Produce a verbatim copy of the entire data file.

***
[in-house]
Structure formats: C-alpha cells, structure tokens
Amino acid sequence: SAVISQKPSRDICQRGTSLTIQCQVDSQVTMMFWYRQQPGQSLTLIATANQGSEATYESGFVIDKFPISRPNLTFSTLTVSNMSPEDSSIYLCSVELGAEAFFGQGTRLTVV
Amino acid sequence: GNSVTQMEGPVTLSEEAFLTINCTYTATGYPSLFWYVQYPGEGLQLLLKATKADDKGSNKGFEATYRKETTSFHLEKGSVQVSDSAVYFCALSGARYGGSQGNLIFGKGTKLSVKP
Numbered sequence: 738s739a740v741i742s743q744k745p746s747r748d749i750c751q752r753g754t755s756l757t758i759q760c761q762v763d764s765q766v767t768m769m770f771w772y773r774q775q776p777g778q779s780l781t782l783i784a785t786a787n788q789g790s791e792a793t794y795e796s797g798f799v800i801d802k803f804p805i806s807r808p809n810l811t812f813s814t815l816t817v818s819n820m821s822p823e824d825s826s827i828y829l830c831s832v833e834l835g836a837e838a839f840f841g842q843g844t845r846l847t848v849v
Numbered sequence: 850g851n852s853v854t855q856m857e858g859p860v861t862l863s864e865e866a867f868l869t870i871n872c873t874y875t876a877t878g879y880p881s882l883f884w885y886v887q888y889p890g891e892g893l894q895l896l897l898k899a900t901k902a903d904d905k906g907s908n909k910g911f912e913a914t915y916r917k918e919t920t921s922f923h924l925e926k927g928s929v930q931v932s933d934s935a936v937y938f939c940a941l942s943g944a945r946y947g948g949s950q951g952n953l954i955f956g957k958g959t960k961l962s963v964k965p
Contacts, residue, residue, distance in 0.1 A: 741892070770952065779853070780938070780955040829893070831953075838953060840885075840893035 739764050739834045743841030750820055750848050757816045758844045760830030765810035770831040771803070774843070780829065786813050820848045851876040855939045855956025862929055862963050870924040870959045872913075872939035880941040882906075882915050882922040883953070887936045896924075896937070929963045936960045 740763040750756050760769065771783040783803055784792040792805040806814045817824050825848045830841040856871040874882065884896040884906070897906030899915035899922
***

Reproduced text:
[in-house]
Structure formats: C-alpha cells, structure tokens
Amino acid sequence: SAVISQKPSRDICQRGTSLTIQCQVDSQVTMMFWYRQQPGQSLTLIATANQGSEATYESGFVIDKFPISRPNLTFSTLTVSNMSPEDSSIYLCSVELGAEAFFGQGTRLTVV
Amino acid sequence: GNSVTQMEGPVTLSEEAFLTINCTYTATGYPSLFWYVQYPGEGLQLLLKATKADDKGSNKGFEATYRKETTSFHLEKGSVQVSDSAVYFCALSGARYGGSQGNLIFGKGTKLSVKP
Numbered sequence: 738s739a740v741i742s743q744k745p746s747r748d749i750c751q752r753g754t755s756l757t758i759q760c761q762v763d764s765q766v767t768m769m770f771w772y773r774q775q776p777g778q779s780l781t782l783i784a785t786a787n788q789g790s791e792a793t794y795e796s797g798f799v800i801d802k803f804p805i806s807r808p809n810l811t812f813s814t815l816t817v818s819n820m821s822p823e824d825s826s827i828y829l830c831s832v833e834l835g836a837e838a839f840f841g842q843g844t845r846l847t848v849v
Numbered sequence: 850g851n852s853v854t855q856m857e858g859p860v861t862l863s864e865e866a867f868l869t870i871n872c873t874y875t876a877t878g879y880p881s882l883f884w885y886v887q888y889p890g891e892g893l894q895l896l897l898k899a900t901k902a903d904d905k906g907s908n909k910g911f912e913a914t915y916r917k918e919t920t921s922f923h924l925e926k927g928s929v930q931v932s933d934s935a936v937y938f939c940a941l942s943g944a945r946y947g948g949s950q951g952n953l954i955f956g957k958g959t960k961l962s963v964k965p
Contacts, residue, residue, distance in 0.1 A: 741892070770952065779853070780938070780955040829893070831953075838953060840885075840893035 739764050739834045743841030750820055750848050757816045758844045760830030765810035770831040771803070774843070780829065786813050820848045851876040855939045855956025862929055862963050870924040870959045872913075872939035880941040882906075882915050882922040883953070887936045896924075896937070929963045936960045 740763040750756050760769065771783040783803055784792040792805040806814045817824050825848045830841040856871040874882065884896040884906070897906030899915035899922